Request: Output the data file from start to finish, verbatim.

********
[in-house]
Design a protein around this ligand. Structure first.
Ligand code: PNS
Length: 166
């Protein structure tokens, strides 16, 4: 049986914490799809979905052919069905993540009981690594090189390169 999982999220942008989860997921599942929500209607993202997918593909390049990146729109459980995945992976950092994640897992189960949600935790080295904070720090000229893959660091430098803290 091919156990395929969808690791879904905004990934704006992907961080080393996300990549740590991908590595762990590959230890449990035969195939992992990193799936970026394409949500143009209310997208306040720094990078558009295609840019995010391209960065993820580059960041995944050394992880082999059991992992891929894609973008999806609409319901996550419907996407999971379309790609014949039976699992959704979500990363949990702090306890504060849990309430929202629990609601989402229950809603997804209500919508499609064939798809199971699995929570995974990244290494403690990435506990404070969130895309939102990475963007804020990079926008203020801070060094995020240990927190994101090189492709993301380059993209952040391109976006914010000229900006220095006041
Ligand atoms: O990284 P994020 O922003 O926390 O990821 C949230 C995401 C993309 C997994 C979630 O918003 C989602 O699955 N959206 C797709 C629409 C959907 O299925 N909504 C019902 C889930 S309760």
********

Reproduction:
[in-house]
Design a protein around this ligand. Structure first.
Ligand code: PNS
Length: 166
């Protein structure tokens, strides 16, 4: 049986914490799809979905052919069905993540009981690594090189390169 999982999220942008989860997921599942929500209607993202997918593909390049990146729109459980995945992976950092994640897992189960949600935790080295904070720090000229893959660091430098803290 091919156990395929969808690791879904905004990934704006992907961080080393996300990549740590991908590595762990590959230890449990035969195939992992990193799936970026394409949500143009209310997208306040720094990078558009295609840019995010391209960065993820580059960041995944050394992880082999059991992992891929894609973008999806609409319901996550419907996407999971379309790609014949039976699992959704979500990363949990702090306890504060849990309430929202629990609601989402229950809603997804209500919508499609064939798809199971699995929570995974990244290494403690990435506990404070969130895309939102990475963007804020990079926008203020801070060094995020240990927190994101090189492709993301380059993209952040391109976006914010000229900006220095006041
Ligand atoms: O990284 P994020 O922003 O926390 O990821 C949230 C995401 C993309 C997994 C979630 O918003 C989602 O699955 N959206 C797709 C629409 C959907 O299925 N909504 C019902 C889930 S309760």